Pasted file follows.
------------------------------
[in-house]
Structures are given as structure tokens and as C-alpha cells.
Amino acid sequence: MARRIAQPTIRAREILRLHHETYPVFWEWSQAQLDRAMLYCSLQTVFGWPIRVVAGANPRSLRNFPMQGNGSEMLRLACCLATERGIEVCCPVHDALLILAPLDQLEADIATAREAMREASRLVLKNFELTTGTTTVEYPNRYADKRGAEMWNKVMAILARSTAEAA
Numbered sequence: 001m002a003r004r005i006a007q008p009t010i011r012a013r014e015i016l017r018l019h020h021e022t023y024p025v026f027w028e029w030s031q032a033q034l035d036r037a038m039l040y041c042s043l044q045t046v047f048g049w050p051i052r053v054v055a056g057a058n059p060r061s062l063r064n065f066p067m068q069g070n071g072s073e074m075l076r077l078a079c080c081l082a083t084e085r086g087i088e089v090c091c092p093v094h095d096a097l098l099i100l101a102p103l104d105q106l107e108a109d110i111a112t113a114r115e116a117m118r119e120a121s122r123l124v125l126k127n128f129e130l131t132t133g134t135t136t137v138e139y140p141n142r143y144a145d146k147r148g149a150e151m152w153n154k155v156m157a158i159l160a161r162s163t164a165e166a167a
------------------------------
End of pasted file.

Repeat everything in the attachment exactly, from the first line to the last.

[in-house]
Structures are given as structure tokens and as C-alpha cells.
Amino acid sequence: MARRIAQPTIRAREILRLHHETYPVFWEWSQAQLDRAMLYCSLQTVFGWPIRVVAGANPRSLRNFPMQGNGSEMLRLACCLATERGIEVCCPVHDALLILAPLDQLEADIATAREAMREASRLVLKNFELTTGTTTVEYPNRYADKRGAEMWNKVMAILARSTAEAA
Numbered sequence: 001m002a003r004r005i006a007q008p009t010i011r012a013r014e015i016l017r018l019h020h021e022t023y024p025v026f027w028e029w030s031q032a033q034l035d036r037a038m039l040y041c042s043l044q045t046v047f048g049w050p051i052r053v054v055a056g057a058n059p060r061s062l063r064n065f066p067m068q069g070n071g072s073e074m075l076r077l078a079c080c081l082a083t084e085r086g087i088e089v090c091c092p093v094h095d096a097l098l099i100l101a102p103l104d105q106l107e108a109d110i111a112t113a114r115e116a117m118r119e120a121s122r123l124v125l126k127n128f129e130l131t132t133g134t135t136t137v138e139y140p141n142r143y144a145d146k147r148g149a150e151m152w153n154k155v156m157a158i159l160a161r162s163t164a165e166a167a